Lucky Emerald Gemstone
Lucky Emerald Gemstone – Promotes Luck and Good Health
Emerald is a highly-prized green gemstone that has been enchanting people with its beauty for over 40 centuries. It has been valued for its healing powers and magical properties by royalty and wealthy people in history.
How the name emerald came about has a complicated past. Indian legend says the name emerald was translated from Sanskrit as marakata meaning “the green of growing things”.
Later, an ancient Persian word that was translated to Latin as smaragdus was used to describe almost all gemstones that were the color green. But down through the centuries that word has somehow been changed to what we know today as emerald.
Hardness: 7.5 – 8
Mineral Class: Beryl
May Birthstone is Emerald
Emerald, the green variety of Beryl, is the most famous and valuable green gemstone. The many different impurities give beryl its varied coloration. Without these splendid color varieties, beryl would be a rather ordinary gemstone with only average fire and brilliance.
Powers and Beliefs Ascribed to Emeralds
* was used as an oracle crystal in the Middle Ages
* joy and vigor
* luck and good health
* springtime and renewal
* the astrological signs Cancer, Taurus, and Gemini
* Has the power to increase the wearer’s attractiveness to the opposite sex.
* beauty and love, gifts of the Greek goddess Venus
* popular gift for lovers, promotes love
* In some parts of the world emeralds are thought to be aphrodisiacs
* 20th, 35th, and 55th anniversaries
“The road to the City of Emeralds is paved with yellow brick.”
L. Frank Baum
Emerald’s beautiful green color, combined with durability and rarity, make it one of the most expensive gemstones with deep green being the most desired color in Emeralds. In general the paler the color of an Emerald, the lesser its value. Very pale colored stones are not called Emeralds but rather “Green Beryl”. They are sometimes heat treated, which causes their color to turn blue and transform into Aquamarine. Emeralds can also be made synthetically.
Emerald is a rare and valuable gemstone and, as such, it has unfortunately provided the incentive for developing synthetic emeralds. Many Emerald fakes are known. Two pale colored stones may be glued together with a deep green paste, creating a stone resembling Emerald. Faceted green glass also resembles Emerald, and it may be coated with a hard substance to mask its low hardness.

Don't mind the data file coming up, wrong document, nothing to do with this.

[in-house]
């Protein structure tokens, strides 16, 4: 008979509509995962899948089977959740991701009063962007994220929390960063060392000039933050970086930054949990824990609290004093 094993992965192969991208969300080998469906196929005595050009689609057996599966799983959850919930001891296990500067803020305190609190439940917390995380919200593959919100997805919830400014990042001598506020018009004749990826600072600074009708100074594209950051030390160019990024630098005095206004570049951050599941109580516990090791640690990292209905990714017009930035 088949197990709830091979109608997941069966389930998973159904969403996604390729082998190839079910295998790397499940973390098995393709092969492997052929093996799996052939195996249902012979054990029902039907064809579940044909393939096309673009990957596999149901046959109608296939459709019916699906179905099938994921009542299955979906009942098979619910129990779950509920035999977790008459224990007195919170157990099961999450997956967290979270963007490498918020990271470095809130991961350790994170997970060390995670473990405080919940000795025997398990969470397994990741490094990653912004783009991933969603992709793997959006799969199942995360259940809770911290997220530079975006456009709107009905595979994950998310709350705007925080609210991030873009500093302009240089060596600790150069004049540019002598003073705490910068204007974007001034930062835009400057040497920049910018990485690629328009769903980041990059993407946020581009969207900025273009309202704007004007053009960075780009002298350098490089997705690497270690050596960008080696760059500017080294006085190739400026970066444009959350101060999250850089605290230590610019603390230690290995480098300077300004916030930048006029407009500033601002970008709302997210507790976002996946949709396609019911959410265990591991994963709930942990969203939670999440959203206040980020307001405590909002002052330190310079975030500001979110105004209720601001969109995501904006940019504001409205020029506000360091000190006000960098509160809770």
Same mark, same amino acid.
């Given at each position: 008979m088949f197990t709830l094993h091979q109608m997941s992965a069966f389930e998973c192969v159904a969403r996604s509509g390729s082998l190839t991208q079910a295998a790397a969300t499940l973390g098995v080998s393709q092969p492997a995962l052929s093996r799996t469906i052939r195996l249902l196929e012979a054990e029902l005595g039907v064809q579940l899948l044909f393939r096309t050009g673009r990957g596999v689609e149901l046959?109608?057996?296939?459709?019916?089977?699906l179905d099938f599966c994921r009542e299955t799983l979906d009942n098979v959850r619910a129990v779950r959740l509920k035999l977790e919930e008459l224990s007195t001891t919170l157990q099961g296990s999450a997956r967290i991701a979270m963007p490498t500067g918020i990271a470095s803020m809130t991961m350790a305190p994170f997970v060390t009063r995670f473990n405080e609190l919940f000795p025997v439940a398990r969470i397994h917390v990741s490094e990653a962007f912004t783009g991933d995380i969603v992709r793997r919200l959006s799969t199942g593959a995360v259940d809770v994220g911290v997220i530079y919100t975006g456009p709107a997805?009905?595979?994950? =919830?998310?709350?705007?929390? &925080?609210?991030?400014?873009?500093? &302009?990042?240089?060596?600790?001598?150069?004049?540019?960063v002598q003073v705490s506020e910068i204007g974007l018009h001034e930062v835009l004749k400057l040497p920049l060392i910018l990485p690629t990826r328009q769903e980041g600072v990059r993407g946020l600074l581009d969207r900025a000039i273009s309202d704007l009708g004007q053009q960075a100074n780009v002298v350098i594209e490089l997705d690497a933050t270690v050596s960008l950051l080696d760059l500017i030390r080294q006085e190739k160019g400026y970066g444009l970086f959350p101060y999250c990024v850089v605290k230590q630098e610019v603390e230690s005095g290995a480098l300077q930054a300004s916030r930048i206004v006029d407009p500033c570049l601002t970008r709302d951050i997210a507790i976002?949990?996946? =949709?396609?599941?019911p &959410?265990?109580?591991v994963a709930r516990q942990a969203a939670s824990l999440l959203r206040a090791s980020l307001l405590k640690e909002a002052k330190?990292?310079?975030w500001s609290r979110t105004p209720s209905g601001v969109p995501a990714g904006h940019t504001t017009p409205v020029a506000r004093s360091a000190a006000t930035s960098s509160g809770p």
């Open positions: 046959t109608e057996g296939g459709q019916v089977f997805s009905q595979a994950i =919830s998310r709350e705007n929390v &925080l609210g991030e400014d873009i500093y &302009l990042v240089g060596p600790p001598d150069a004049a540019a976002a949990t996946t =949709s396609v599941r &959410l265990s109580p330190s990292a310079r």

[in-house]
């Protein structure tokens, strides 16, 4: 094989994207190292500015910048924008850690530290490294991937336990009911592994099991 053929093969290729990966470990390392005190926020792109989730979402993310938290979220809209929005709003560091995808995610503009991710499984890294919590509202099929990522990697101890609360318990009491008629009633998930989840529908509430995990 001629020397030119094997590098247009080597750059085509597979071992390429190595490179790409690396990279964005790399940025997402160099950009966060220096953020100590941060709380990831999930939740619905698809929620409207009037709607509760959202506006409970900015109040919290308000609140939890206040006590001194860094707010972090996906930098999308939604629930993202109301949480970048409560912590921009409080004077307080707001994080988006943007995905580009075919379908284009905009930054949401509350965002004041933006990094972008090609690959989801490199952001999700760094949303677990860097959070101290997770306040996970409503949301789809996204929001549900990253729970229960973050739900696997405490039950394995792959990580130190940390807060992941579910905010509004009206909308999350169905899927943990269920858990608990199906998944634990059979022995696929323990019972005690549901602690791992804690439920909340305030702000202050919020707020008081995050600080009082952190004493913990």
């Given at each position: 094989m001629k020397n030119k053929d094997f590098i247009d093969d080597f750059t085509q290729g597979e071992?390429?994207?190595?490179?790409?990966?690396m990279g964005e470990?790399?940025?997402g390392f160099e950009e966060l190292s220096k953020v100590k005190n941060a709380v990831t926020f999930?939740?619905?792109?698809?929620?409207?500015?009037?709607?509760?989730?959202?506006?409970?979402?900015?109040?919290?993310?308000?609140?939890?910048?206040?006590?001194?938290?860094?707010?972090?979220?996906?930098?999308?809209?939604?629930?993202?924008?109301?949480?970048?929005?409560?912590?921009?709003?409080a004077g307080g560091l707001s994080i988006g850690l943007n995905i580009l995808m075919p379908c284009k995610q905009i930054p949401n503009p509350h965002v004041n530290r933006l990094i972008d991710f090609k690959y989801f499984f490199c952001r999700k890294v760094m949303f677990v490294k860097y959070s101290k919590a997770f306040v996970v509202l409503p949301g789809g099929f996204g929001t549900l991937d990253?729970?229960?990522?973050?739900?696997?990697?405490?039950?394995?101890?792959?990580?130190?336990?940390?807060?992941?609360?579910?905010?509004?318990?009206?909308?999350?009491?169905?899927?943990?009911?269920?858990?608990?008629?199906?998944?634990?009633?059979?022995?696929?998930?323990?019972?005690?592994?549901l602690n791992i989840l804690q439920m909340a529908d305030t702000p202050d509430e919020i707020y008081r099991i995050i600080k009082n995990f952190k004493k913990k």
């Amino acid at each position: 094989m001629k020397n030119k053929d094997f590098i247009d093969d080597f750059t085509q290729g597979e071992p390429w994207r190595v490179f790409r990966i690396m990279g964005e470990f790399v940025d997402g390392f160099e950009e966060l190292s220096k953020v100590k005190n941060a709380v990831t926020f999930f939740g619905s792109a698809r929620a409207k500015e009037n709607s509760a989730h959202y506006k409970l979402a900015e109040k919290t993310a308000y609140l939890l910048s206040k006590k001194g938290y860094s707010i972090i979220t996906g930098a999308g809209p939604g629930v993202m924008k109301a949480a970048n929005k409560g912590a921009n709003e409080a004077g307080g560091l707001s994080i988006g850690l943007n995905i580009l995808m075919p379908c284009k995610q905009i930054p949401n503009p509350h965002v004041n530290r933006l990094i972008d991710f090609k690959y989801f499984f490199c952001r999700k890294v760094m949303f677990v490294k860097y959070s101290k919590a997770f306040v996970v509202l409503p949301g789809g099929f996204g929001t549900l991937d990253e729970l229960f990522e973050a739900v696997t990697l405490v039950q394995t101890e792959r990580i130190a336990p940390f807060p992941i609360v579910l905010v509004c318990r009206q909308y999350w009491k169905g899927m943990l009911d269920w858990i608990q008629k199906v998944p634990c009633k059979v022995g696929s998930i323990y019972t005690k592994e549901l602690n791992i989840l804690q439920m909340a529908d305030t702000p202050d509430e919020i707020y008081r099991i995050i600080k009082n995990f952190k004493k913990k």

Synthetic Emeralds are also sold to unwary buyers without them knowing the stone is synthetic. Of course experts can distinguish these fakes. So if you are buying emeralds it is especially important to purchase Emeralds from reliable dealers. Experts on emeralds can also determine if an Emerald was treated with oil or a lubricant to hide any internal flaws. Synthetic and fake Emeralds have exotic and authentic sounding names so don’t be fooled by them. An expert is warranted before purchase.
Beliefs and Uses
Some believe women who wear emeralds during childbirth have a less painful birth. They can also help to cure dysentery and epilepsy, negate the poison of snakes, and the blind may benefit from touching them.
At one time Emeralds were used in treating poisoned wounds as well as a general antidote for poisons. “If worn on the neck it was said to cure the ‘semitertian’ fever and epilepsy.” Emeralds were thought to cure epilepsy, especially in children and were considered by Hindus to be a good laxative, a cure for dysentery and an appetite stimulator. Emeralds were also believed to allow its wearer to see the future. Emeralds were used to improve one’s memory and assist the wearer in becoming a good speaker. It was believed to allow a lover to test the veracity of their partner’s oaths.
Perhaps the most common and widely known use for emeralds was for use in aiding eyesight. As Kunz states: “So general in the early centuries of our era was the persuasion that the pure green hue of emeralds aided the eyesight, that gem engravers are said to have kept some of them on their work-tables, so as to be able to look at the stones from time to time and thus relieve the eye-strain cause by close application to their delicate task” (Kunz, 380-381). The idea that emeralds were excellent for helping eyesight eventually got to the point where that it was believed that if a blind person even touched an emerald, he would regain his eyesight.
Emeralds, Venus and Royalty
Back in ancient times the emerald was dedicated to Venus, the goddess of love. Lovers were told that this gemstone could reveal the faithfulness of their beloved. Faithfulness was reflected in a fresh, bright green color; a cheating heart was betrayed by a lifeless color.
Emeralds have always been highly prized by royalty. Cleopatra, queen of Egypt wore emeralds from her mine in Upper Egypt. Emeralds are heavily represented in the Russian Crown Jewels from the time of the czars. The Emperor Nero is said to have gazed through a large emerald to soothe his eyes as he watched the gladiator games in the Coliseum.
More Emerald Powers
The ancients prized the emerald highly and believed it held many powers. They felt it could endow the wearer with the ability to think clearly in the past, present and future. It was supposed to improve one’s memory, promote eloquent speech, quicken intelligence and endow the ability to foretell the future. It was also believed to promote honesty and frugality. Powdered emerald taken as a medicine was considered a preventative of epilepsy and other serious disorders.
Emerald Location and Deposits
Colombia traditionally has produced the finest Emeralds. Zambia has been a recent significant producer. Ancient Emerald sources were in Egypt and Austria. Important Emerald deposits are in Brazil, China, Afghanistan, Russia, Mozambique, South African, and the U.S. (North Carolina).